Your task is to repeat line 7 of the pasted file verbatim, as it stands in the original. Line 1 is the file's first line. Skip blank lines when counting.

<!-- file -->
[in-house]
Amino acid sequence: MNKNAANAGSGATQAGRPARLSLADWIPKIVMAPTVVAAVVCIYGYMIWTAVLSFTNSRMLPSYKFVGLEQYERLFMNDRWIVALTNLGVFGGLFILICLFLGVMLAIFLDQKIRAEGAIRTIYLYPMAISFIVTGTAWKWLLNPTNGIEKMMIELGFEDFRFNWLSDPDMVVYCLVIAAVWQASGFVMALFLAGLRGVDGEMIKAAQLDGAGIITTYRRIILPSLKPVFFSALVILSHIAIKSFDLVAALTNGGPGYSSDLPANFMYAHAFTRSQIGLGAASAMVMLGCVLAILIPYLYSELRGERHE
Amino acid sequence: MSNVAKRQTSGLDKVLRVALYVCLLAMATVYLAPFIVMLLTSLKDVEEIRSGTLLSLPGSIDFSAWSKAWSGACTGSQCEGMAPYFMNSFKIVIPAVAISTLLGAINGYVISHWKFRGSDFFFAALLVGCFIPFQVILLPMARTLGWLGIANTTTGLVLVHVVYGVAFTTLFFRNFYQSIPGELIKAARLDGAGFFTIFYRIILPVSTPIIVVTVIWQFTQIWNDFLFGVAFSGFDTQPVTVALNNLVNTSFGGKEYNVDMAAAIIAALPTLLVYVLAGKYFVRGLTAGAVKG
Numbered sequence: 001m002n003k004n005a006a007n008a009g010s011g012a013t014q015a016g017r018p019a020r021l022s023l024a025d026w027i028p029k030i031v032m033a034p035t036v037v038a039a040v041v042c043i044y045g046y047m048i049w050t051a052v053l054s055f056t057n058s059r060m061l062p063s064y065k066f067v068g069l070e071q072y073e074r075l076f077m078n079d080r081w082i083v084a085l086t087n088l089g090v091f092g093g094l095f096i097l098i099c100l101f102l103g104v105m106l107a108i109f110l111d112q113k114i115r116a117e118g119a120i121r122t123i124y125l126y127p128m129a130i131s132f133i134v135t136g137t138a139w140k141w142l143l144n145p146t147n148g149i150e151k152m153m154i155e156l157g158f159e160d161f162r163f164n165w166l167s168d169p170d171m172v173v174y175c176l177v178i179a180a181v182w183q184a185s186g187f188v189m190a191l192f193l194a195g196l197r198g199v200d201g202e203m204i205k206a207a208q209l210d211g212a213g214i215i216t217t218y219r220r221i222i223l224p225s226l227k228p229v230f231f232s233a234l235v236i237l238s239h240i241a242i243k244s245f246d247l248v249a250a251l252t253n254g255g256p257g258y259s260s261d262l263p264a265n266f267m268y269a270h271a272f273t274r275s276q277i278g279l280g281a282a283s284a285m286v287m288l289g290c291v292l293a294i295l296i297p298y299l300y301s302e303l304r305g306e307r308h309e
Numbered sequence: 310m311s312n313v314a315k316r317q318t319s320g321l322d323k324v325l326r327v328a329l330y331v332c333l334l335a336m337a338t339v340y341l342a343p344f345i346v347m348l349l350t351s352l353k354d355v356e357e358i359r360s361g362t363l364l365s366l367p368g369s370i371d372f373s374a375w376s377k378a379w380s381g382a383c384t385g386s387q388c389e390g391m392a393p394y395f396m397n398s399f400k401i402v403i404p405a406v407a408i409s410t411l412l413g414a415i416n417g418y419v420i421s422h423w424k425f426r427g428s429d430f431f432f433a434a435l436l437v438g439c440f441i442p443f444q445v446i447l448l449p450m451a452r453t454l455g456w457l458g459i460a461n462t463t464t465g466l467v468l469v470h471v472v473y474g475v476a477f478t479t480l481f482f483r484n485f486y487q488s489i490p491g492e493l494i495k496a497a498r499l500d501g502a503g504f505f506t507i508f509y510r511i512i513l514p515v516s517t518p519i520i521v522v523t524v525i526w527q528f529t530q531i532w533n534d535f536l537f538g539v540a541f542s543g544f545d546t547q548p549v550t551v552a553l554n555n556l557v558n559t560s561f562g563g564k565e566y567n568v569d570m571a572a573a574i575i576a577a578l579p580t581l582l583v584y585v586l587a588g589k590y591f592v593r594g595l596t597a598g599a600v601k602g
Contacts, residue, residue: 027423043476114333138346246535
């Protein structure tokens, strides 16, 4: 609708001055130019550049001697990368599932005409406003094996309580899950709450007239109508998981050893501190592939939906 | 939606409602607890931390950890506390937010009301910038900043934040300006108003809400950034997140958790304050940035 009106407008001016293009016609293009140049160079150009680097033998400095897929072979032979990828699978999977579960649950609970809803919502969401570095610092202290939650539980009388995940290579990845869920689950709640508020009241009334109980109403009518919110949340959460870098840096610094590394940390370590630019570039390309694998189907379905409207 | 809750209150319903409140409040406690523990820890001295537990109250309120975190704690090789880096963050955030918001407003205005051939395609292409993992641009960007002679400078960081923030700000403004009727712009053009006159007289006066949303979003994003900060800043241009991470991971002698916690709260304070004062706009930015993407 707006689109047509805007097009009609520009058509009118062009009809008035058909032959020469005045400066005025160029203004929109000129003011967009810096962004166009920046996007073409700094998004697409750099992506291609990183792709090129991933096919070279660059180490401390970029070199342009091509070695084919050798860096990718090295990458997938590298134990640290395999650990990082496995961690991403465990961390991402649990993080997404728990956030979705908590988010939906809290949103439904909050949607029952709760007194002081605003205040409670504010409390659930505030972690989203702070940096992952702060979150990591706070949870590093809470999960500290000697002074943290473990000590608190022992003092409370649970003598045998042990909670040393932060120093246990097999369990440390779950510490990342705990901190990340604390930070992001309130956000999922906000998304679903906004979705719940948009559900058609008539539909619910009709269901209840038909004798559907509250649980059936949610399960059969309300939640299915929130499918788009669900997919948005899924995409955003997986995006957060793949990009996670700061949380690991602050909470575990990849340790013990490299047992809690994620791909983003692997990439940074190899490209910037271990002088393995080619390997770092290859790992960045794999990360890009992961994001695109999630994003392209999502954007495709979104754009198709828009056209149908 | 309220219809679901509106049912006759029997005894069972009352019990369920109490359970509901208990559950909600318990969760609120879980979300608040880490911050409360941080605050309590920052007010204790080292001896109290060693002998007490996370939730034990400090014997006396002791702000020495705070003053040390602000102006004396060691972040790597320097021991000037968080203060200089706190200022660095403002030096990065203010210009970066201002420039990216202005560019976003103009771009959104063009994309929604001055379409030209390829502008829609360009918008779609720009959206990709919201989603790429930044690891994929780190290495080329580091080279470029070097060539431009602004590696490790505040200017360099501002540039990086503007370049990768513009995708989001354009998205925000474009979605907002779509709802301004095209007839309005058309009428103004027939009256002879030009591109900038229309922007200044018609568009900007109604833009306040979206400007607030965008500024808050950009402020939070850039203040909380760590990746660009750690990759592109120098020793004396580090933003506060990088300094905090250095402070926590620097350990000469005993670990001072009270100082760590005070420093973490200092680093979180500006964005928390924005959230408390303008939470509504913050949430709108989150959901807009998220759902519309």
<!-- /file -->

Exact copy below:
């Protein structure tokens, strides 16, 4: 609708001055130019550049001697990368599932005409406003094996309580899950709450007239109508998981050893501190592939939906 | 939606409602607890931390950890506390937010009301910038900043934040300006108003809400950034997140958790304050940035 009106407008001016293009016609293009140049160079150009680097033998400095897929072979032979990828699978999977579960649950609970809803919502969401570095610092202290939650539980009388995940290579990845869920689950709640508020009241009334109980109403009518919110949340959460870098840096610094590394940390370590630019570039390309694998189907379905409207 | 809750209150319903409140409040406690523990820890001295537990109250309120975190704690090789880096963050955030918001407003205005051939395609292409993992641009960007002679400078960081923030700000403004009727712009053009006159007289006066949303979003994003900060800043241009991470991971002698916690709260304070004062706009930015993407 707006689109047509805007097009009609520009058509009118062009009809008035058909032959020469005045400066005025160029203004929109000129003011967009810096962004166009920046996007073409700094998004697409750099992506291609990183792709090129991933096919070279660059180490401390970029070199342009091509070695084919050798860096990718090295990458997938590298134990640290395999650990990082496995961690991403465990961390991402649990993080997404728990956030979705908590988010939906809290949103439904909050949607029952709760007194002081605003205040409670504010409390659930505030972690989203702070940096992952702060979150990591706070949870590093809470999960500290000697002074943290473990000590608190022992003092409370649970003598045998042990909670040393932060120093246990097999369990440390779950510490990342705990901190990340604390930070992001309130956000999922906000998304679903906004979705719940948009559900058609008539539909619910009709269901209840038909004798559907509250649980059936949610399960059969309300939640299915929130499918788009669900997919948005899924995409955003997986995006957060793949990009996670700061949380690991602050909470575990990849340790013990490299047992809690994620791909983003692997990439940074190899490209910037271990002088393995080619390997770092290859790992960045794999990360890009992961994001695109999630994003392209999502954007495709979104754009198709828009056209149908 | 309220219809679901509106049912006759029997005894069972009352019990369920109490359970509901208990559950909600318990969760609120879980979300608040880490911050409360941080605050309590920052007010204790080292001896109290060693002998007490996370939730034990400090014997006396002791702000020495705070003053040390602000102006004396060691972040790597320097021991000037968080203060200089706190200022660095403002030096990065203010210009970066201002420039990216202005560019976003103009771009959104063009994309929604001055379409030209390829502008829609360009918008779609720009959206990709919201989603790429930044690891994929780190290495080329580091080279470029070097060539431009602004590696490790505040200017360099501002540039990086503007370049990768513009995708989001354009998205925000474009979605907002779509709802301004095209007839309005058309009428103004027939009256002879030009591109900038229309922007200044018609568009900007109604833009306040979206400007607030965008500024808050950009402020939070850039203040909380760590990746660009750690990759592109120098020793004396580090933003506060990088300094905090250095402070926590620097350990000469005993670990001072009270100082760590005070420093973490200092680093979180500006964005928390924005959230408390303008939470509504913050949430709108989150959901807009998220759902519309």